Iconic Roles is a look at some of the best performances in film and television by actors and actresses.
In Violent Night, David Harbour is called to a great test to prove that he can be a successful leading actor. The 47-year-old artist has landed mostly supporting roles in his Hollywood career, but the results have often exceeded expectations. After making his professional debut on Broadway and scoring a credit in a 1999 episode of Law & Order, Harbour’s career had highs and lows. In 2015, he went close to quitting acting following the cancellation of State of Affairs. Ironically, Harbour landed the role of his life a few months later and gained popularity thanks to the worldwide success of Stranger Things, where he portrays a cop dealing with a teenager with psychic powers.
Here’s a list of the best David Harbour performances in film and television.
Shep Campbell in Revolutionary Road (2008)
It’s not easy to stay in the spotlight when you share the stage with Hollywood royalty like Leonardo DiCaprio and Kate Winslet. Yet, Harbour displayed some versatility as he took on the misfortunate and envious Shep, who falls in love with his neighbor April (Winslet) despite being married to the quiet Milly (Hahn). Even though Harbour’s part was relatively small compared to the protagonists, he showed a variety of emotions that made his Revolutionary Road performance remarkable. The Sam Mendes-directed drama wasn’t as successful as expected but got critical recognition in picking up three Academy Awards nominations, including Best Supporting Actor for Michael Shannon.
Frank Masters in The Equalizer (2014)
Throughout his career, Harbour developed a certain familiarity with law enforcement officer roles. In Antoine Fuqua’s action movie, Harbour portrayed a corrupted police detective who gets in the way of the quiet yet lethal Robert McCall (Denzel Washington). In one of the most intense scenes, McCall tortured Masters in his own car to obtain some precious information. His portrayal of the suffering Masters ranks among the best David Harbour performances. The Equalizer also starred Marton Csokas, Chloë Grace Moretz, Bill Pullman, and Melissa Leo. The story was quite successful and spawned two sequels, but none featured Harbour.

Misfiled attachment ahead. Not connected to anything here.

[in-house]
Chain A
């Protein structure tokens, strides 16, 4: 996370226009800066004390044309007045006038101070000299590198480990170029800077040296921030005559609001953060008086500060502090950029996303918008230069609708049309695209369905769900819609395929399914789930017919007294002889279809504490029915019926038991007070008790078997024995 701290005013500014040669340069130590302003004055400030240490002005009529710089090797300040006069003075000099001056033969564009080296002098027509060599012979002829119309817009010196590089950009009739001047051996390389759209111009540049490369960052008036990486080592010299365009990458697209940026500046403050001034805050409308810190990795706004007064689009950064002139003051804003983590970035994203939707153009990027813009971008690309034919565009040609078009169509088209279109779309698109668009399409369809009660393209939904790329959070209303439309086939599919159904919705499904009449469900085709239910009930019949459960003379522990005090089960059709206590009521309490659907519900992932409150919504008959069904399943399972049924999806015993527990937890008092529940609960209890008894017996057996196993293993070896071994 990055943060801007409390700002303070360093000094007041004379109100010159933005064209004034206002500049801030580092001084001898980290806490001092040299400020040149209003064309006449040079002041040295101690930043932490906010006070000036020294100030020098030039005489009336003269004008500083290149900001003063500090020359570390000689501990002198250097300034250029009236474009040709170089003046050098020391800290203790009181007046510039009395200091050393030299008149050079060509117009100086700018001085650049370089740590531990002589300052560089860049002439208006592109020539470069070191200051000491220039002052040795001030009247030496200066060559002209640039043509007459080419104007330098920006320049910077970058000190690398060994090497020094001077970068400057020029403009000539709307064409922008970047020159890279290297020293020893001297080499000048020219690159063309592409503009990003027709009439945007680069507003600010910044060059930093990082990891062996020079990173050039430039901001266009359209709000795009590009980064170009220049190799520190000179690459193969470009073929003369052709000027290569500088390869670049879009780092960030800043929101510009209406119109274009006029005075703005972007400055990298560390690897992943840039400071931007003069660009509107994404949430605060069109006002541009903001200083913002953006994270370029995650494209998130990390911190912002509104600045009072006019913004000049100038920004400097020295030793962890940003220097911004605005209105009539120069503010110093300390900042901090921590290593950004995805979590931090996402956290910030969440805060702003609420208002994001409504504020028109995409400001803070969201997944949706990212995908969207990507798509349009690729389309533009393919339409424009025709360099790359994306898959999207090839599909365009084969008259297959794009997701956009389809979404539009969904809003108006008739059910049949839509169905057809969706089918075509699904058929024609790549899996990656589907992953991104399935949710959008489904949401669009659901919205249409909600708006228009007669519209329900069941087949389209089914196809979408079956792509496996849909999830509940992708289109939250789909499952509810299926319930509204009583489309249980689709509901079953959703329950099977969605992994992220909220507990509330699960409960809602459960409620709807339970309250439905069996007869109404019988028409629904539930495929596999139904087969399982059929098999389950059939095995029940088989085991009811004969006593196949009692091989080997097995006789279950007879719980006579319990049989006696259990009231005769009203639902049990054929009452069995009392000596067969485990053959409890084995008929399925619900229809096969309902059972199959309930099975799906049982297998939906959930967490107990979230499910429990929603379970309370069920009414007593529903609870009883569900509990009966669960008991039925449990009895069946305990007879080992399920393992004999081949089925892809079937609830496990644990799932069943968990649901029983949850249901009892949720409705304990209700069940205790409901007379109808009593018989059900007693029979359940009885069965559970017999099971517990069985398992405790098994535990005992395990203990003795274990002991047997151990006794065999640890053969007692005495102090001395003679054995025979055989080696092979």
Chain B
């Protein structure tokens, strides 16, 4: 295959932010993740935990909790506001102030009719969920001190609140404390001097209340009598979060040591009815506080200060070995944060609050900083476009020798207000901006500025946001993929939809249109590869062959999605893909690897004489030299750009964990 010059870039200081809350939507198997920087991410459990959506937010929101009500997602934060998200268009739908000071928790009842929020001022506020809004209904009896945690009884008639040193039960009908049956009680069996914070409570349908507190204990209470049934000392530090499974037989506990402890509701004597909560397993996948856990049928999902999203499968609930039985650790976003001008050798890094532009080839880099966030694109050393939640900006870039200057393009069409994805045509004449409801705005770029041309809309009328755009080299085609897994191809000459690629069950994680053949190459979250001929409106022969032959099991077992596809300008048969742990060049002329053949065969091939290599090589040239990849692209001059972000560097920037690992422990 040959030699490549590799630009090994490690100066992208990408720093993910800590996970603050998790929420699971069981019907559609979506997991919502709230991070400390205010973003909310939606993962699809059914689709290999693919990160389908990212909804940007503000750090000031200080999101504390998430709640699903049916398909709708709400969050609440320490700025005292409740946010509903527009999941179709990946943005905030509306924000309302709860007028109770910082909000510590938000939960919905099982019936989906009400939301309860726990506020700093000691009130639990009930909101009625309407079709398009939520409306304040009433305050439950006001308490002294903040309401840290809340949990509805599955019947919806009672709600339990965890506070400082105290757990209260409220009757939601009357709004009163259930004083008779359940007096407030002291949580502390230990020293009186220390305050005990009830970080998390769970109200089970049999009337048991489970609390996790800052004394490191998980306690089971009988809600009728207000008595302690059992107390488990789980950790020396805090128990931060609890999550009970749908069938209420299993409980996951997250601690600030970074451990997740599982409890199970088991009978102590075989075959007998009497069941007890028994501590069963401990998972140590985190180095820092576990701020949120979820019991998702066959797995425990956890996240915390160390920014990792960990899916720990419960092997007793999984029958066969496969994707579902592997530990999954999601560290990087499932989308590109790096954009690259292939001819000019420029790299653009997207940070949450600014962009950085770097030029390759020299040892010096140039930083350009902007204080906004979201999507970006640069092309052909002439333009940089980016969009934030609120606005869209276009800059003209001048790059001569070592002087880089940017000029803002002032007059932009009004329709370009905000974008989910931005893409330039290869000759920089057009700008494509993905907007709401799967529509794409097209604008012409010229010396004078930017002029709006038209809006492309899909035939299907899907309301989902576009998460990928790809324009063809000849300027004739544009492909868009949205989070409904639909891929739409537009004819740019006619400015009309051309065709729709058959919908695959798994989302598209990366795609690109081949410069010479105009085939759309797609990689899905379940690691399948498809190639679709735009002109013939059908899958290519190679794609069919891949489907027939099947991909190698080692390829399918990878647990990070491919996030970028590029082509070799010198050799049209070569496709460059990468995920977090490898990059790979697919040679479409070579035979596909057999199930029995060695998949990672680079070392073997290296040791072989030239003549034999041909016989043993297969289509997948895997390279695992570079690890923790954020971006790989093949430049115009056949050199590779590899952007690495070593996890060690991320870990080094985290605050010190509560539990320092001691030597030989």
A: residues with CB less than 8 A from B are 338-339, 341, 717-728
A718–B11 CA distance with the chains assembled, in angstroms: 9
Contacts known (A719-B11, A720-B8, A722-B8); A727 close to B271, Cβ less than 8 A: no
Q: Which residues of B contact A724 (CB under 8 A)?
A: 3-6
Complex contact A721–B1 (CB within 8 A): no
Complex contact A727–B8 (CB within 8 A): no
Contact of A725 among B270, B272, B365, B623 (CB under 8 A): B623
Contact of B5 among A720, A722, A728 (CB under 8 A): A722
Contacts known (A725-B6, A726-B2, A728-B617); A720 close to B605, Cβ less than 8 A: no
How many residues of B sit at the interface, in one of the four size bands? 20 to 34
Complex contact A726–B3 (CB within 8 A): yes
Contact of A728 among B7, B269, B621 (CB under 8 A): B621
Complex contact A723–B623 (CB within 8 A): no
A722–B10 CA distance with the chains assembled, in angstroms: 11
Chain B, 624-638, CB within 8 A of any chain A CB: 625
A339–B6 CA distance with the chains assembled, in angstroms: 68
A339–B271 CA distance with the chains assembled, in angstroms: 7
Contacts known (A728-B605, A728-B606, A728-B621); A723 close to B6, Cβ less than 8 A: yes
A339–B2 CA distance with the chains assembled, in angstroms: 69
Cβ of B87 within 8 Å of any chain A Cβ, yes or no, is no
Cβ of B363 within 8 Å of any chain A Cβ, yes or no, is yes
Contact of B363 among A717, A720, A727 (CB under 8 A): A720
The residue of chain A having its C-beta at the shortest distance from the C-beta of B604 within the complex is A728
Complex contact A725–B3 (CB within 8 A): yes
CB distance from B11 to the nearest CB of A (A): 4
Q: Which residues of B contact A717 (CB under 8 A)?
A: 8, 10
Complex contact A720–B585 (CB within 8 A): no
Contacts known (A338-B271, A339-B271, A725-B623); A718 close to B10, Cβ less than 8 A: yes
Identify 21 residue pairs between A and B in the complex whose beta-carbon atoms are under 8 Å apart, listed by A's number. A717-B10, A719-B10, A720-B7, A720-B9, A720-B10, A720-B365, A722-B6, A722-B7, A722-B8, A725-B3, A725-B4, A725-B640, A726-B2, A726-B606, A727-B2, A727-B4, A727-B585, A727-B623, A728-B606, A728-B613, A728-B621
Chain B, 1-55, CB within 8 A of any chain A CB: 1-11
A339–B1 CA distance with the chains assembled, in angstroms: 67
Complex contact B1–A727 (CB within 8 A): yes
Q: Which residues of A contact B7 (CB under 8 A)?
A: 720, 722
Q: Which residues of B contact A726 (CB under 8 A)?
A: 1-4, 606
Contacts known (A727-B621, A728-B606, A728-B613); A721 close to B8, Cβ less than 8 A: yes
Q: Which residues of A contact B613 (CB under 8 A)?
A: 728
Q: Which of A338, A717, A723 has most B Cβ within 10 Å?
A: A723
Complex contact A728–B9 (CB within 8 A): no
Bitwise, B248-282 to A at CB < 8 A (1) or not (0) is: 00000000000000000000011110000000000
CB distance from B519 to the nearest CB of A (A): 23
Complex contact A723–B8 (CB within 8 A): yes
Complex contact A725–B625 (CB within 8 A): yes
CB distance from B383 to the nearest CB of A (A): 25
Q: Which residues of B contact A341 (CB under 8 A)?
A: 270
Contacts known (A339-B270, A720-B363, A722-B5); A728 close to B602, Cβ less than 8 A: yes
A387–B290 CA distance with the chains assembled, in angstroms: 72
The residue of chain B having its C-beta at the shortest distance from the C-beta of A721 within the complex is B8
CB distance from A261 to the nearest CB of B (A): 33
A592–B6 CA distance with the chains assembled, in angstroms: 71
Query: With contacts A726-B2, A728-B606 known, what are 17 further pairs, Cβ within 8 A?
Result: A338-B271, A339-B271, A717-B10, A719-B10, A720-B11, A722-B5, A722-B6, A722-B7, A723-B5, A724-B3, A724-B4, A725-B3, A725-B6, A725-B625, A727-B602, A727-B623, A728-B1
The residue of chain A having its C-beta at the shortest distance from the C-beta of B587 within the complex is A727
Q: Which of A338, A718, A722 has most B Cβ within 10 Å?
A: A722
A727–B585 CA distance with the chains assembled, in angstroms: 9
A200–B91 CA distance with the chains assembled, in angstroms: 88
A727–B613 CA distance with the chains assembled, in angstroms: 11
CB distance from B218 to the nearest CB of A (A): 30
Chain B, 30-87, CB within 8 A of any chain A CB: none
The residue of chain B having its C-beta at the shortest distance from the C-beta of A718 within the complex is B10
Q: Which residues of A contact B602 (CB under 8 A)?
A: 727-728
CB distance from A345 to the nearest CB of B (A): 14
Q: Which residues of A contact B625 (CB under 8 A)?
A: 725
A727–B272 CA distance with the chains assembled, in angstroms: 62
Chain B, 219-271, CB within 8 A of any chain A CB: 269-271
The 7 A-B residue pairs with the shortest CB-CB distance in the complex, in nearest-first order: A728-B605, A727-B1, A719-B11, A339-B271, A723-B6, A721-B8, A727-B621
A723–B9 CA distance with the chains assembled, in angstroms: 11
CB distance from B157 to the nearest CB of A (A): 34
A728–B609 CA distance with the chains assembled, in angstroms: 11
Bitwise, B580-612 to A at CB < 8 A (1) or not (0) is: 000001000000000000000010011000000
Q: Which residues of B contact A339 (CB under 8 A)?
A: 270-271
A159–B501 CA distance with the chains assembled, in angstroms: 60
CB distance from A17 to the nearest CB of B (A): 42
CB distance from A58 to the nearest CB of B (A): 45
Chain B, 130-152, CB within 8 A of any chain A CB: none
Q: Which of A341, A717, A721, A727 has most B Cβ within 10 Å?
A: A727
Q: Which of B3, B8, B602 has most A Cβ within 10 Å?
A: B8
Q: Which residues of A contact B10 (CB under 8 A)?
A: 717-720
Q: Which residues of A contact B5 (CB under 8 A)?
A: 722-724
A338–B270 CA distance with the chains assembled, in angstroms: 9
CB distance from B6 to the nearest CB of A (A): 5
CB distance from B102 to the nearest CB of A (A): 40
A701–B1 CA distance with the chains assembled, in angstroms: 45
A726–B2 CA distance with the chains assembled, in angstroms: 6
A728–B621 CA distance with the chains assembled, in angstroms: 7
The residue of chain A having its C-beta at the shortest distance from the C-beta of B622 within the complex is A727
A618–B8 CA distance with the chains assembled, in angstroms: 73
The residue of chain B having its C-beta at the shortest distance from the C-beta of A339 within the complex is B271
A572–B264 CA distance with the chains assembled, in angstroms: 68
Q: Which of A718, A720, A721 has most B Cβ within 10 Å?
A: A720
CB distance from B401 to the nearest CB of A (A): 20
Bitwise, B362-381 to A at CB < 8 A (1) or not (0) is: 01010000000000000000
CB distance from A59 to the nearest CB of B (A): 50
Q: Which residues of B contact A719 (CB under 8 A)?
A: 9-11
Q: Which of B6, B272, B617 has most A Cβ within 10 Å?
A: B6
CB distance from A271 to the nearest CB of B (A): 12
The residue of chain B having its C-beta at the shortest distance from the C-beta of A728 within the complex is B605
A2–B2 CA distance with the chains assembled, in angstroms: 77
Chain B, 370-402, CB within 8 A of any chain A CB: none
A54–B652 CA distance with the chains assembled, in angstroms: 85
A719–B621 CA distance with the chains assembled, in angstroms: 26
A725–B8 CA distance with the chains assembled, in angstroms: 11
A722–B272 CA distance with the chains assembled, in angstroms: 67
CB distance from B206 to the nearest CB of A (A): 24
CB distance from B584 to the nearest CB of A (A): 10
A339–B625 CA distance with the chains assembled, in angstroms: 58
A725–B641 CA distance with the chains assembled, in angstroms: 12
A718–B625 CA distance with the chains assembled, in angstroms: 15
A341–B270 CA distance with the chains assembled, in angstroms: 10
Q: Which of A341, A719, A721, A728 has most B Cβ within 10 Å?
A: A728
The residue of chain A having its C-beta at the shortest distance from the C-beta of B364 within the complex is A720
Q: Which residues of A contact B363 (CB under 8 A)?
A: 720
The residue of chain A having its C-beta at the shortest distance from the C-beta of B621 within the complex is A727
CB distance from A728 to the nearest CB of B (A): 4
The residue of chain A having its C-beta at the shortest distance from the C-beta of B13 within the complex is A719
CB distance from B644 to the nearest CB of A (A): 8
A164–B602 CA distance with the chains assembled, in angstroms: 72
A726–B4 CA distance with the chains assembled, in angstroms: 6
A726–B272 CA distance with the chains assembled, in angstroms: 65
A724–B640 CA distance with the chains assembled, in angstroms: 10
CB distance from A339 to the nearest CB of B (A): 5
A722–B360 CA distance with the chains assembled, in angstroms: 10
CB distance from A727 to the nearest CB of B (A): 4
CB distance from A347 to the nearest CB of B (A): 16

Jim Hopper in Stranger Things (2016-present)
The role changed Harbour’s life and saved his acting career. In 2016, Matt and Ross Duffer came up with a show that revolutionized the industry and still stands among the best sci-fi stories ever. It’s hard not to fall for the grumpy chief of Hawkins Police Department Hopper and his heartbreaking background story full of personal losses and alcoholism. The way, then, Harbour expressed all of Hopper’s mixed feelings about Eleven before adopting her as his daughter is simply perfect. Jim Hopper will go down in the history books as one of the best David Harbour performances, if not the best overall. Harbour will reprise the role in the upcoming Stranger Things Season 5.
Hellboy in Hellboy (2019)
The Hellboy reboot wasn’t well accepted by fans when it was first announced, to say the least. The main reason was that many still hoped to see the third installment in Guillermo del Toro’s trilogy featuring Ron Perlman as the titular antihero. Instead, the whole franchise was rebooted, and Harbour landed the role of Anung Un Rama. The result didn’t meet expectations, but Harbour’s gritty performance is one of the few things deserving praise in 2019’s Hellboy. The cast also featured Milla Jovovich, Ian McShane, Sasha Lane, Daniel Dae Kim, and Thomas Haden Church.
Red Guardian in Black Widow (2021)
If there’s a constant in Harbour’s career is the self-irony that allows him not to take his characters too seriously. That’s why his Alexei Shostakov, a.k.a. Red Guardian, is so likable in the Cate Shortland-directed movie. Initially created as the Russian answer to Captain America, Red Guardian ends up being a good friend and sort of mentor for Natasha Romanoff (Scarlett Johansson), a.k.a. the titular heroine, way before she joined the Avengers. While Black Widow grossed more than $379 million at the box office, it still ended up as one of the least successful Marvel Cinematic Universe movies (although the pandemic and simultaneous Disney+ release can’t be ignored).